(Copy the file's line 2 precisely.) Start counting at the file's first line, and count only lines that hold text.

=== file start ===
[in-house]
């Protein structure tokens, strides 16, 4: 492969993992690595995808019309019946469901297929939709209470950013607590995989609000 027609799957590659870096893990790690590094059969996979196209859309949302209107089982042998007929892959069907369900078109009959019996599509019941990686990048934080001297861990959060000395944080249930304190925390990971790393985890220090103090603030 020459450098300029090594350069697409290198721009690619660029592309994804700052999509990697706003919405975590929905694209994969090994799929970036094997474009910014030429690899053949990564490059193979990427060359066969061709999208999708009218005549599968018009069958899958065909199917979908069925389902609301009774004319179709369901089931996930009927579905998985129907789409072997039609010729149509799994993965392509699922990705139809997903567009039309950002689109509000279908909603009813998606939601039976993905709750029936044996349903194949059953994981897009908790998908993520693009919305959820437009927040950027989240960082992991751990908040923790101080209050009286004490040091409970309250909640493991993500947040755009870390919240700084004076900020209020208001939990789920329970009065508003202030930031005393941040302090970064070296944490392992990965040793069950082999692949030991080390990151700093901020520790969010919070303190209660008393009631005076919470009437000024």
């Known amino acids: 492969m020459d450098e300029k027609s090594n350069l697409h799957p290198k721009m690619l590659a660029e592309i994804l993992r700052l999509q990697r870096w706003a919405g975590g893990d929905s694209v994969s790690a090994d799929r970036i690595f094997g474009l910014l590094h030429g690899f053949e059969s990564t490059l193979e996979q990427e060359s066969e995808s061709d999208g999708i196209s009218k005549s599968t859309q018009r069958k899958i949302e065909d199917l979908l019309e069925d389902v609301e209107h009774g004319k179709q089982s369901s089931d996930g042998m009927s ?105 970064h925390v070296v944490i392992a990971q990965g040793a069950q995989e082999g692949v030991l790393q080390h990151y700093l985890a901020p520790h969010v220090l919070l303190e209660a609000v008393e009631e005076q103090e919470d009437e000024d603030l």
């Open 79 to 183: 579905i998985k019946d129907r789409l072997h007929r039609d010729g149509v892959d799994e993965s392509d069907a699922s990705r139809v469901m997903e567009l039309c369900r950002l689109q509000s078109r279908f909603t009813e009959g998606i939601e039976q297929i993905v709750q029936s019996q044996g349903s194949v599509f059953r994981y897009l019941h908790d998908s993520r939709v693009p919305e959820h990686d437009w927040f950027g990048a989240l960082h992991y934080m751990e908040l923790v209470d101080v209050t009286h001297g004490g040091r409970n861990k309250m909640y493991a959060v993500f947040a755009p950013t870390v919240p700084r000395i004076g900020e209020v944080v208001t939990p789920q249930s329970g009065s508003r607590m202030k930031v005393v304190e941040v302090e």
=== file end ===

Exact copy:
């Protein structure tokens, strides 16, 4: 492969993992690595995808019309019946469901297929939709209470950013607590995989609000 027609799957590659870096893990790690590094059969996979196209859309949302209107089982042998007929892959069907369900078109009959019996599509019941990686990048934080001297861990959060000395944080249930304190925390990971790393985890220090103090603030 020459450098300029090594350069697409290198721009690619660029592309994804700052999509990697706003919405975590929905694209994969090994799929970036094997474009910014030429690899053949990564490059193979990427060359066969061709999208999708009218005549599968018009069958899958065909199917979908069925389902609301009774004319179709369901089931996930009927579905998985129907789409072997039609010729149509799994993965392509699922990705139809997903567009039309950002689109509000279908909603009813998606939601039976993905709750029936044996349903194949059953994981897009908790998908993520693009919305959820437009927040950027989240960082992991751990908040923790101080209050009286004490040091409970309250909640493991993500947040755009870390919240700084004076900020209020208001939990789920329970009065508003202030930031005393941040302090970064070296944490392992990965040793069950082999692949030991080390990151700093901020520790969010919070303190209660008393009631005076919470009437000024």